Taking the Pulse of Health & Wellness in the Convenience Channel

Press enter to search
Close search
Open Menu
Graphics depicting health and wellness like sleep, fruit, and exercise

Taking the Pulse of Health & Wellness in the Convenience Channel

By Melissa Kress - 09/18/2017
Graphics depicting health and wellness like sleep, fruit, and exercise

ROSEMONT, Ill. — With the increasing importance of health and wellness in the United States, the convenience store industry has an opportunity to capture those dollars.

"Health is in everything we do — the brands we shop, the items we buy," said Carl Elliott, director of Nielsen Convenience Channel. "Health has become more important." 

To highlight the significance, Elliot pointed out that 49 percent of U.S. consumers are consciously eating more fruits and vegetables, 63 percent are trying to eat healthier, and 32 percent of U.S. households said they followed a diet in 2016.

Speaking during the 2017 Convenience Store News Convenience Foodservice & Beverage Exchange event, he also outlined the five overall drivers of health and wellness:

  • Population differences;
  • An increase in chronic diseases;
  • Rising healthcare costs;
  • A demand for transparency; and
  • Technology access. 
     

According to Elliott, aging baby boomer shoppers present an opportunity at retail, and specifically they are looking for more functional foods, easier-to-open packages, and easier-to-read labels. On the other end of the demographic spectrum, millennials are looking for functionality and transparency.

Age aside, "ailment shoppers" represent significant spend, Elliott noted, citing there are 25 million diabetic households and 34 million obese households in the U.S. In addition, there are 5 million heart disease households — which overindex in the convenience channel, spending 34 percent more in a convenience store than a typical household.

"Convenience can support shoppers with the right assortment," Elliott said, explaining heart disease households shop for items such as tobacco, candy, ice cream, nuts, candy, and carbonated beverages.

With the rising cost of healthcare, retailers can help provide consumers a path to health and wellness. According to Elliott, retailers are already taking several measures, including:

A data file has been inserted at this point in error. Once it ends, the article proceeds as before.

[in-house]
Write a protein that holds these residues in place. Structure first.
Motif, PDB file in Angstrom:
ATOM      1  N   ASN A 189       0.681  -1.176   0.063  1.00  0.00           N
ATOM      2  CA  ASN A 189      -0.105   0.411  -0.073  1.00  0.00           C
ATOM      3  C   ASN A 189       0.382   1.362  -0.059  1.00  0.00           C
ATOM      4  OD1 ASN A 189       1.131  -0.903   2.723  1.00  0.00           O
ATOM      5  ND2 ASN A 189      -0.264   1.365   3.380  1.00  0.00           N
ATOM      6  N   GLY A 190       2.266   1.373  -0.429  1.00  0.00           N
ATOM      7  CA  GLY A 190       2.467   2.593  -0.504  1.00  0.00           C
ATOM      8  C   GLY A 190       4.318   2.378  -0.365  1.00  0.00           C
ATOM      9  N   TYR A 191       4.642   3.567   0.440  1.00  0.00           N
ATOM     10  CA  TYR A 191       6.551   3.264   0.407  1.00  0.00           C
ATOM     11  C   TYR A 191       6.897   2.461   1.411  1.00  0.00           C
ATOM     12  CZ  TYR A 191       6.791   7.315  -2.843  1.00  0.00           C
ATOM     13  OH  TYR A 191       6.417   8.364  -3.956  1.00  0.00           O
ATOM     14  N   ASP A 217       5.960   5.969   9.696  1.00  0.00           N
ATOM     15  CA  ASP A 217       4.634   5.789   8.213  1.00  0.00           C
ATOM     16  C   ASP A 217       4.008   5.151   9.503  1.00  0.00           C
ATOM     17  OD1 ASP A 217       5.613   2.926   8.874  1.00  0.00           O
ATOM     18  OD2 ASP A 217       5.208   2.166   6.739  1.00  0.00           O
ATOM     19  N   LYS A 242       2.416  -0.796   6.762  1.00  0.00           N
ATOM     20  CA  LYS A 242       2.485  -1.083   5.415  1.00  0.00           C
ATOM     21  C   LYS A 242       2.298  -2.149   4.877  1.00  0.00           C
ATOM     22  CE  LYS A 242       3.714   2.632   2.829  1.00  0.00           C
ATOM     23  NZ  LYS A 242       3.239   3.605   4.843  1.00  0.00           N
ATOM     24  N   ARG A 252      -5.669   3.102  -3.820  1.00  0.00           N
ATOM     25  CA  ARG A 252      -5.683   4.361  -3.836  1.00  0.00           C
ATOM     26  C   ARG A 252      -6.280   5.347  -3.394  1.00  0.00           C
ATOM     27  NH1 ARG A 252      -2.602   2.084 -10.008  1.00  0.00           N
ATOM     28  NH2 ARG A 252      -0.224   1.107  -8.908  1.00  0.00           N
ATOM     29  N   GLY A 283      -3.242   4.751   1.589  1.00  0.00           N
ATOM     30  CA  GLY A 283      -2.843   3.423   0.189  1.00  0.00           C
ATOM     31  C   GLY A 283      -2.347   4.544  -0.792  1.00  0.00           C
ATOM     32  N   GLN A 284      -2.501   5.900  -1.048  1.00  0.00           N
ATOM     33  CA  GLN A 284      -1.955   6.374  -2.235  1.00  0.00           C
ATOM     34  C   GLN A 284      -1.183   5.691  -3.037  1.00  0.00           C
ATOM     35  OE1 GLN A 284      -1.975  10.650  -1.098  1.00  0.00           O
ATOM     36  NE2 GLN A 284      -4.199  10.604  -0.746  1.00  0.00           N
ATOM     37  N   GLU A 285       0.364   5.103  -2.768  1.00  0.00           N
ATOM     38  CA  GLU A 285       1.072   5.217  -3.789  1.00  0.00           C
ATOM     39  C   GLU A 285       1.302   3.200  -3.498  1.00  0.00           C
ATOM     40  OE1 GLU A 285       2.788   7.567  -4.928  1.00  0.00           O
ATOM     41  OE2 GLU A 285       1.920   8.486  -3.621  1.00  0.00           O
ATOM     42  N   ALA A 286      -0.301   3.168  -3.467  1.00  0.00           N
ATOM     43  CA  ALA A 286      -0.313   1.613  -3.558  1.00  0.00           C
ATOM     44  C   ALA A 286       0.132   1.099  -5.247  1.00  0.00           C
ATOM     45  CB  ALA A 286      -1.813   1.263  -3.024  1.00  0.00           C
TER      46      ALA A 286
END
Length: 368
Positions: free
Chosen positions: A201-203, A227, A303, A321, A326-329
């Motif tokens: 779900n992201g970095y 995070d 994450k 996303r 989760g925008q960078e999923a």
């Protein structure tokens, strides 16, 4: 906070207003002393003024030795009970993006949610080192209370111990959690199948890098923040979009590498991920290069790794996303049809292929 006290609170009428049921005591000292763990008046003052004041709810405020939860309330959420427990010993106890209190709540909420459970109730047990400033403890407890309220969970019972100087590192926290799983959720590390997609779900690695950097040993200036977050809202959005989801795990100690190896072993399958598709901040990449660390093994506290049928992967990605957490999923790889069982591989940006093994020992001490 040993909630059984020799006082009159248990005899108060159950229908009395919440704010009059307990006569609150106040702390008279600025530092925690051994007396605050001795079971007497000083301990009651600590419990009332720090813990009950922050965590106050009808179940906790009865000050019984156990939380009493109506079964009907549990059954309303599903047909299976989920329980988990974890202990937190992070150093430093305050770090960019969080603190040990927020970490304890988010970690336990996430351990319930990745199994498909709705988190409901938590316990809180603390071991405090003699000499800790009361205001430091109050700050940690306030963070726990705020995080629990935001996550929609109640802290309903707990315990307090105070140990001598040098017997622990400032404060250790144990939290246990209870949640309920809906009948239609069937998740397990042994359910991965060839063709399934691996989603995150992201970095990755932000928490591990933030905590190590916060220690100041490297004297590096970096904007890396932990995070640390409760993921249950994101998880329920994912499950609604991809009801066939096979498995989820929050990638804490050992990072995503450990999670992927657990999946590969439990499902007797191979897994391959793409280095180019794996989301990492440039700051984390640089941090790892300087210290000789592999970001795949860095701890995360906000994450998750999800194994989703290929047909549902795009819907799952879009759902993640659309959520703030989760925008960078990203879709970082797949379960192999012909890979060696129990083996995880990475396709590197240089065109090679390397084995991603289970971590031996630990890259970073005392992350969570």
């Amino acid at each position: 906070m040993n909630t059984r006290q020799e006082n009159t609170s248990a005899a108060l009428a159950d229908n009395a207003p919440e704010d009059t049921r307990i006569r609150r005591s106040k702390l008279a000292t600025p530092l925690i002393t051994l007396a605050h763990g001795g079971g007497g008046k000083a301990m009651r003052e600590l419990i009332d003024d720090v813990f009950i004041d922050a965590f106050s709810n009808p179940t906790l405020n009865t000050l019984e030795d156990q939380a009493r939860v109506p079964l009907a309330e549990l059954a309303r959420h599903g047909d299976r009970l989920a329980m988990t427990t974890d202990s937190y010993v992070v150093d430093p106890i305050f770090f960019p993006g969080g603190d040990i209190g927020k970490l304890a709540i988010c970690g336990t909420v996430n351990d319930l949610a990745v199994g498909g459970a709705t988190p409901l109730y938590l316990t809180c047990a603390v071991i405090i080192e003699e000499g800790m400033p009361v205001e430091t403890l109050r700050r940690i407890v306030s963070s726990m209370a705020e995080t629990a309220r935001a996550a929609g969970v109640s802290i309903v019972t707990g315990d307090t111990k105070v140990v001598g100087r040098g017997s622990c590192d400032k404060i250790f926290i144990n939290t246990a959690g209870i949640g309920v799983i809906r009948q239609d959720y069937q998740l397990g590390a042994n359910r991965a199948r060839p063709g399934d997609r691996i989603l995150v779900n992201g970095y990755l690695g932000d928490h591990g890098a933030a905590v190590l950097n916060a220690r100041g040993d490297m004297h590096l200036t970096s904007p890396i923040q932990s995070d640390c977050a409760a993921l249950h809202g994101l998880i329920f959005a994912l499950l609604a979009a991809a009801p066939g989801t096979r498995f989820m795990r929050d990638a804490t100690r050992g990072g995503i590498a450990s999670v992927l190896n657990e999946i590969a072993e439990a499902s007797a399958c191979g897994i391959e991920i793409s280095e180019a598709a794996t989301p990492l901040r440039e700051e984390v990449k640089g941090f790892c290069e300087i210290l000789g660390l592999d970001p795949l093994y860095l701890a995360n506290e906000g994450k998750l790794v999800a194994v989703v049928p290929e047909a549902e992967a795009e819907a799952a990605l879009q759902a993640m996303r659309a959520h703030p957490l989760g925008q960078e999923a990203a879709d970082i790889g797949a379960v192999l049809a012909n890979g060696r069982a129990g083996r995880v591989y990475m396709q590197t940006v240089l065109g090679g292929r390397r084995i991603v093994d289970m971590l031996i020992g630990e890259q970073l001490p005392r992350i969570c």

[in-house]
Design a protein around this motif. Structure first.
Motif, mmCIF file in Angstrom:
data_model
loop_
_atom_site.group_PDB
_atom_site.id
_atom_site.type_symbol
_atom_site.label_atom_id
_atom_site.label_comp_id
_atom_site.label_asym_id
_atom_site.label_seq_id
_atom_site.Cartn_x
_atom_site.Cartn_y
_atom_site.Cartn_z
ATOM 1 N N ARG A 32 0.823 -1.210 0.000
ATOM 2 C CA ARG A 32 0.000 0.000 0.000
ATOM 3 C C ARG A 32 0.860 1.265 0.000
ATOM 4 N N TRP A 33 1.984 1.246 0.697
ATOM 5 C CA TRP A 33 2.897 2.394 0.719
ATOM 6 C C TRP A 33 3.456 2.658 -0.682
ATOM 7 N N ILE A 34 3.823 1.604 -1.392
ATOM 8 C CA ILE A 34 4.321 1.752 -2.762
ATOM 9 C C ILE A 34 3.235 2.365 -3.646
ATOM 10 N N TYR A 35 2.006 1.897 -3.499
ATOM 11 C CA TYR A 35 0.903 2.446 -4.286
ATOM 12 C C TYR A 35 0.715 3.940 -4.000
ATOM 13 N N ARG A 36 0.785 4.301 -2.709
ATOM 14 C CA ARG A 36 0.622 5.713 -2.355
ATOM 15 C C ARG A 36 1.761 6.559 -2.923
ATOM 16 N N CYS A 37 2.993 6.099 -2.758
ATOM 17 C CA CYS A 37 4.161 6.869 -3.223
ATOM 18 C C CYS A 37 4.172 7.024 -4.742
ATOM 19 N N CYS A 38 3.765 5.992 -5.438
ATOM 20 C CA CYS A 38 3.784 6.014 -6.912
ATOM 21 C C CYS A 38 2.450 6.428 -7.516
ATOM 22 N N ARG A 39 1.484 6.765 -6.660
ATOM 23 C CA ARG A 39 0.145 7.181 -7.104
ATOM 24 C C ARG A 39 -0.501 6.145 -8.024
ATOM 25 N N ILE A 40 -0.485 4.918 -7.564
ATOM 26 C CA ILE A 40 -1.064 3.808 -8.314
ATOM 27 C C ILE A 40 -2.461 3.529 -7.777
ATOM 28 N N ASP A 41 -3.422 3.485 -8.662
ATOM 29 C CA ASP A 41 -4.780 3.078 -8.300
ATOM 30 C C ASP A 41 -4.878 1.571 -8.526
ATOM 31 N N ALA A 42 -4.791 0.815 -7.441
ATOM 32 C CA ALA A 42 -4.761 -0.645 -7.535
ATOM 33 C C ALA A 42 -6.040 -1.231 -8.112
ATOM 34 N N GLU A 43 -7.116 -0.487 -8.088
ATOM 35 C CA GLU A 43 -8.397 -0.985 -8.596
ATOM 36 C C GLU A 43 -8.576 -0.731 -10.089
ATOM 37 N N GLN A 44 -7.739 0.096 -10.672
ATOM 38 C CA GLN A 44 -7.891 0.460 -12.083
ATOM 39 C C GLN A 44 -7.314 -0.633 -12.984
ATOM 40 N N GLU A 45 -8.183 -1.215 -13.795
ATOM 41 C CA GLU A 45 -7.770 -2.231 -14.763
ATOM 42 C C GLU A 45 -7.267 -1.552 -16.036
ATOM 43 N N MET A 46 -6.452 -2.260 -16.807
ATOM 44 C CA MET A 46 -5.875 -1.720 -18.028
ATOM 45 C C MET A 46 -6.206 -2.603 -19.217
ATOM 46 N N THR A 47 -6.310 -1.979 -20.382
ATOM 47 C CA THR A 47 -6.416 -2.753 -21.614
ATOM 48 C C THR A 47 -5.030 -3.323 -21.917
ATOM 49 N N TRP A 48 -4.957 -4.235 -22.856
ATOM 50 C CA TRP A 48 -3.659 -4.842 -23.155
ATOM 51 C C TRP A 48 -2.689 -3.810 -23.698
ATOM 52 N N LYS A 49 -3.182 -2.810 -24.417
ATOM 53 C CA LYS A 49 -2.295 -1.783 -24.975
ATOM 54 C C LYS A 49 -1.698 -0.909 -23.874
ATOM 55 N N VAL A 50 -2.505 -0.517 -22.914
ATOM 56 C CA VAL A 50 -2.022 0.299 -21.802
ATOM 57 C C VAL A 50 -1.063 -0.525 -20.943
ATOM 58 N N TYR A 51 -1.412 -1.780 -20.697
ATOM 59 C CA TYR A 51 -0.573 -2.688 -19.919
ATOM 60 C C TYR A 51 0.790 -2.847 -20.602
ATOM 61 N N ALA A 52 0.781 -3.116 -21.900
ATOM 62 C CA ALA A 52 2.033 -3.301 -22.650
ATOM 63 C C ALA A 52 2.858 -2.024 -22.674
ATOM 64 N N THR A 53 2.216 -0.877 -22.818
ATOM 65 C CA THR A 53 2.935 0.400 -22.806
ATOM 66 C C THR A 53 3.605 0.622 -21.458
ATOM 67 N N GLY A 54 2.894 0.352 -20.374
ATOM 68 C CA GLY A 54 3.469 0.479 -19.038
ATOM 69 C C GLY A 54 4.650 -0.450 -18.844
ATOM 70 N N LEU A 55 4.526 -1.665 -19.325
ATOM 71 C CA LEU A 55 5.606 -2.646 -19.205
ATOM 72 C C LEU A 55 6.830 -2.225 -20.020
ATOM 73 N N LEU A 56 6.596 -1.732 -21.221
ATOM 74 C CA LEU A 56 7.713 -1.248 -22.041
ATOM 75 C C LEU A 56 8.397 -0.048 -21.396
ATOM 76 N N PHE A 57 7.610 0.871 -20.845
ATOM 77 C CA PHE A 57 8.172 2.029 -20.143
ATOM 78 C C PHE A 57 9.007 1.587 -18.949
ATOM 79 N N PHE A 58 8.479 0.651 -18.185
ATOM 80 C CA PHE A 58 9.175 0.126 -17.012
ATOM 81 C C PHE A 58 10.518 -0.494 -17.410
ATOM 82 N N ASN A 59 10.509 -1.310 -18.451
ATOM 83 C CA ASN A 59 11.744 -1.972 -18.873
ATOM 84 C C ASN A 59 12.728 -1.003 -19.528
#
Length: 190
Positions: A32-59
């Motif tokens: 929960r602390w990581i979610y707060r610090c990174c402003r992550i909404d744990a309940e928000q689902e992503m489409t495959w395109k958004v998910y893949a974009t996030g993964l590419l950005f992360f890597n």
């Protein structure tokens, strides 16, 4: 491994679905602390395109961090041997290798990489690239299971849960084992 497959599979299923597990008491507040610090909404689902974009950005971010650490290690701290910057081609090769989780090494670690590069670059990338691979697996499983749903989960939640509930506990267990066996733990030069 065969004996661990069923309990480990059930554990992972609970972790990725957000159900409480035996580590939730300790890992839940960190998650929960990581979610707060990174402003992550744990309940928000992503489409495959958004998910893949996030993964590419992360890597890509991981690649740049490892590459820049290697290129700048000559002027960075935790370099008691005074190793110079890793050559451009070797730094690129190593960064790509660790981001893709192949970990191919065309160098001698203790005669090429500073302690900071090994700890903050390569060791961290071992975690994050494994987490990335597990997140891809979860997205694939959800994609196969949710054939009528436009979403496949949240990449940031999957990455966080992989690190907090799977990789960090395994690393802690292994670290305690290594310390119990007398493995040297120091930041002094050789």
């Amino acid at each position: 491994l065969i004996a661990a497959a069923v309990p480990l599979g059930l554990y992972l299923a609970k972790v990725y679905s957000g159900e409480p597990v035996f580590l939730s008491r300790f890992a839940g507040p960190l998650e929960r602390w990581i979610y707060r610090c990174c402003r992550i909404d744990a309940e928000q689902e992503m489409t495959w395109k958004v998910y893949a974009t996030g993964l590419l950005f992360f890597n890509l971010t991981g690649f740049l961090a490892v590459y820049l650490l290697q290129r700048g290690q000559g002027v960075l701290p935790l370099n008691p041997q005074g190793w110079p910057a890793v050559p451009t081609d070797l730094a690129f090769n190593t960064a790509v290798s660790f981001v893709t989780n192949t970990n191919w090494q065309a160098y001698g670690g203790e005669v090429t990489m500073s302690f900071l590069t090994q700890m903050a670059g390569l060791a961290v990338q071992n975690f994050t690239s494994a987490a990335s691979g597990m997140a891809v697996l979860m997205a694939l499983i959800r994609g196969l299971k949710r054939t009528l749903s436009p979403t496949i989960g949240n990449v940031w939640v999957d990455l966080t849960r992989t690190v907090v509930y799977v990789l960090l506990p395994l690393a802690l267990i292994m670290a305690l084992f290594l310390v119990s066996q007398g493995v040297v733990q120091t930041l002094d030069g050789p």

• Prioritizing health and better-for-you foods;
  • Rolling out private label health and wellness products;
  • Banning certain ingredients in prepared foods;
  • Posting nutritional facts in the store; and
  • Emphasizing fresh.

 

Retailers taking these steps are seeing "significant sales translating from health and wellness," he said.

Manufacturers, too, are taking cues from the 56 percent of households that say they don't trust industrially prepared foods and launching "cleaner products." When it comes to cleaner products, small manufacturers are growing at 9 percent vs. 5 percent for large manufacturers, according to Elliott.

"Transparency is not going to go away; it is not a passing fad," he said. "The shoppers who are coming into our stores are looking for transparency and reading labels more than before."

In addition, they are willing for pay for it. Specifically, Nielsen found that 68 percent of U.S. consumers say they are willing to pay more for food and beverages that do not contain undesirable ingredients. In fact, 53 percent said removing undesirable ingredients is more important than the inclusion of beneficial ones.

Elliott also explained that with consumers more connected today, the convenience channel has the opportunity to expand the categories it sells and the way it services customers with mobile ordering, delivery, and drive-thru windows.

"All of that is going to become more prevalent in the next five to 10 years," he said, adding c-store retailers should keep an eye on what competitors like Amazon, Walmart and Starbucks are doing. "It is important to think about how we use technology to drive more customers to our stores."

Overall, when it comes to health and wellness, the definition differs by category and retailers need to understand how the consumer uses each category, according to the Nielsen executive. In beverages, it means low sugar while, in popcorn, it means non-GMO.

The Better-for-You Beverage Tsunami

The health and wellness trend and shift toward better-for-you products comes as consumers "are getting bigger and, quite frankly, fatter," Kent Cunningham, vice president, Marketing & Innovation for Glanbia Performance Nutrition, told attendees. 

As he sees it, three forces are converging to form a beverage tsunami: a public health crisis, fiscal policy, and consumer trends.

On the fiscal policy front, more municipalities are taking a closer look at implementing sugary drink taxes, similar to Philadelphia and Cook County, Ill.

As for public health, according to Cunningham, the culprit is sugar — which has become "demon du jour." With a lot of sugar consumption coming from soda, there is a connection being made between soda and bad health, he noted. This is leading to the third force as consumer trends shift away from sugar without giving up flavor. 

Globally, functional foods and beverages are forecasted to have a compound annual growth rate of 8 percent from 2017-2022. With that is a move toward gluten-free, organic and natural products, he explained.

The 2017 Convenience Foodservice & Beverage Exchange took place at the Donald E. Stephens Convention Center in Rosemont Sept. 12-13.